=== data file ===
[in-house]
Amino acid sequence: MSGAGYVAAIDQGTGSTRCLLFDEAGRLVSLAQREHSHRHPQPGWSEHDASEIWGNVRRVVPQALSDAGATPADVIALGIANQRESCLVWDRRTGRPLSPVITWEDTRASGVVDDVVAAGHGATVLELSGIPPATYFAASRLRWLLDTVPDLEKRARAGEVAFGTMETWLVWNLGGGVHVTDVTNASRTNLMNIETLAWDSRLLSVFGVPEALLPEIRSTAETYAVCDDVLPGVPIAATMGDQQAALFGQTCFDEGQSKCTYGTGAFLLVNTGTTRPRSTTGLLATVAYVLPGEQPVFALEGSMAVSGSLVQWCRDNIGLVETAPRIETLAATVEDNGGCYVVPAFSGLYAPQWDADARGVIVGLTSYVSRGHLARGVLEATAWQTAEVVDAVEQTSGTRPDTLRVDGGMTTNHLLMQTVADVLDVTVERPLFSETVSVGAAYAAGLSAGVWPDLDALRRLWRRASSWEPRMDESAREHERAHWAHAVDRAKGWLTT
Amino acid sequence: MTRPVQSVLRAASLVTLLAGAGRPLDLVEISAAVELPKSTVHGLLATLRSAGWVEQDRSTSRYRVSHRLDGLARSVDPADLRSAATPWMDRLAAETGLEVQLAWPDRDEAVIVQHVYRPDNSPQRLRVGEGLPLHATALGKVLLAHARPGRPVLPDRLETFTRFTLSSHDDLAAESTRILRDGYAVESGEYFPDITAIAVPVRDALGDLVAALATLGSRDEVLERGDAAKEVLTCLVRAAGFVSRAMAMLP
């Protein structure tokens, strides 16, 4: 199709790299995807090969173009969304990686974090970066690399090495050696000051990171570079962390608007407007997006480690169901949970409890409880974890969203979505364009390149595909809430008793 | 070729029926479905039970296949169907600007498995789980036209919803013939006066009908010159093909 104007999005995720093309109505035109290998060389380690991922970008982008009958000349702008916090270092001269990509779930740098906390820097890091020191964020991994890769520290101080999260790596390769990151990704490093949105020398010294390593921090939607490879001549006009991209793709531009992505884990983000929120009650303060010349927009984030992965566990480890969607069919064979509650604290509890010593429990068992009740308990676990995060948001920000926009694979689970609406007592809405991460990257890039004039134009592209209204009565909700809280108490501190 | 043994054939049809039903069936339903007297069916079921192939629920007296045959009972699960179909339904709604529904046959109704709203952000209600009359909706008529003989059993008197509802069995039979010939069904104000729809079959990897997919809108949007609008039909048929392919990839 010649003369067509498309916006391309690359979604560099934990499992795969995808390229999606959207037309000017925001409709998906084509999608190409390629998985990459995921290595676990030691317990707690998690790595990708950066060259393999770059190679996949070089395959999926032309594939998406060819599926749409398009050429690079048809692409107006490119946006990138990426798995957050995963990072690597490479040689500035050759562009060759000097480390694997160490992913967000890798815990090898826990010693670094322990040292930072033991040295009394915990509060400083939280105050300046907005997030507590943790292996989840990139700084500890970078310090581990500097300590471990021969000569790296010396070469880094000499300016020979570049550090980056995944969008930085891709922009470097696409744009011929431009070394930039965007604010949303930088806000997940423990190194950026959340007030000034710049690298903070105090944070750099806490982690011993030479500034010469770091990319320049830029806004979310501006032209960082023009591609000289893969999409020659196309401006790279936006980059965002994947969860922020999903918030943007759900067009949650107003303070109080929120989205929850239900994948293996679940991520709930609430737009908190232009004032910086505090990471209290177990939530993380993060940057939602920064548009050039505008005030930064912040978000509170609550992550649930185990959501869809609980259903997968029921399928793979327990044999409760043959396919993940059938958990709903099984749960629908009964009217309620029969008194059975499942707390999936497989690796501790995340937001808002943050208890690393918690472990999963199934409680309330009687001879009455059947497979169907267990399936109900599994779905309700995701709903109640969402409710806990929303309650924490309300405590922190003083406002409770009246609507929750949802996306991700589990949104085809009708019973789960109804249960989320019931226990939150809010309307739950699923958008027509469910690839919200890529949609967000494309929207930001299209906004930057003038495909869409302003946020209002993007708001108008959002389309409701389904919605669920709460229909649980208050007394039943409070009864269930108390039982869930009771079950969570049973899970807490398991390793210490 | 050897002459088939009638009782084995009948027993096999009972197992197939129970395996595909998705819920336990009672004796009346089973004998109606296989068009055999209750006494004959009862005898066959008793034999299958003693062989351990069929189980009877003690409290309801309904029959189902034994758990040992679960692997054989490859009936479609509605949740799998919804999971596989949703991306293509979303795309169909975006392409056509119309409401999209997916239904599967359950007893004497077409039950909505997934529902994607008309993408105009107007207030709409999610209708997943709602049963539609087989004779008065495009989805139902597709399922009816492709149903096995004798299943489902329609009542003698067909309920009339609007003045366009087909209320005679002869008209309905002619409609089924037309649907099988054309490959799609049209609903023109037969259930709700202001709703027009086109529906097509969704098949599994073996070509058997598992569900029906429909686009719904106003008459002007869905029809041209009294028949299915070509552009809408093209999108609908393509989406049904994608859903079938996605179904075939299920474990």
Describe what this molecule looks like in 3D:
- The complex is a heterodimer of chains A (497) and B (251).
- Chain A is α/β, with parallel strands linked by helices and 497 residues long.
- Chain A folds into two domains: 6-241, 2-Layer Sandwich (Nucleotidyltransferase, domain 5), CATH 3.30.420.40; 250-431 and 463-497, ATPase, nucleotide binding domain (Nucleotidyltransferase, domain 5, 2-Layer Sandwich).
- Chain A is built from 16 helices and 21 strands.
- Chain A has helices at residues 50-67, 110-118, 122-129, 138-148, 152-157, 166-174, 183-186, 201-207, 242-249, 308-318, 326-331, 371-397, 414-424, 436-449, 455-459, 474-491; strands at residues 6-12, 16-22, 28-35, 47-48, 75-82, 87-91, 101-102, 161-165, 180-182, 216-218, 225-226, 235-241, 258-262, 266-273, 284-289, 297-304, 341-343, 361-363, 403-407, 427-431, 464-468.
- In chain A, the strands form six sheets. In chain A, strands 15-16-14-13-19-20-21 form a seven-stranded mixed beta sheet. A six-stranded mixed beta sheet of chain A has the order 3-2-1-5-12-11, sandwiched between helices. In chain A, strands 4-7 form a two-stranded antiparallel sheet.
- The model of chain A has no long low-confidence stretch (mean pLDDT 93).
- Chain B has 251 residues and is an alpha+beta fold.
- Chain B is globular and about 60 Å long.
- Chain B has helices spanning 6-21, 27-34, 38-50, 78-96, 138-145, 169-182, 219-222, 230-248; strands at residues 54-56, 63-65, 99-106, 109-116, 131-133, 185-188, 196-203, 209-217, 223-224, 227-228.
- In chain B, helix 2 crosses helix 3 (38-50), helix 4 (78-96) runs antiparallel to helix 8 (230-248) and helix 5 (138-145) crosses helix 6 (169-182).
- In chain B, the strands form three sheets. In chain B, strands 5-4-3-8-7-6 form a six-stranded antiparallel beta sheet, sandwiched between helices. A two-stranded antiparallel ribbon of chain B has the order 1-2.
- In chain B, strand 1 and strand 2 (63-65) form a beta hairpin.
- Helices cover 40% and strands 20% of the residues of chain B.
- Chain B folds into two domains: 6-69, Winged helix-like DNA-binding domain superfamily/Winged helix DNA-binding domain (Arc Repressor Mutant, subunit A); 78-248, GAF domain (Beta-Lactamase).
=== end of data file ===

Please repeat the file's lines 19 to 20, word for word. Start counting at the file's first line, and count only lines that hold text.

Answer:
- Helices cover 40% and strands 20% of the residues of chain B.
- Chain B folds into two domains: 6-69, Winged helix-like DNA-binding domain superfamily/Winged helix DNA-binding domain (Arc Repressor Mutant, subunit A); 78-248, GAF domain (Beta-Lactamase).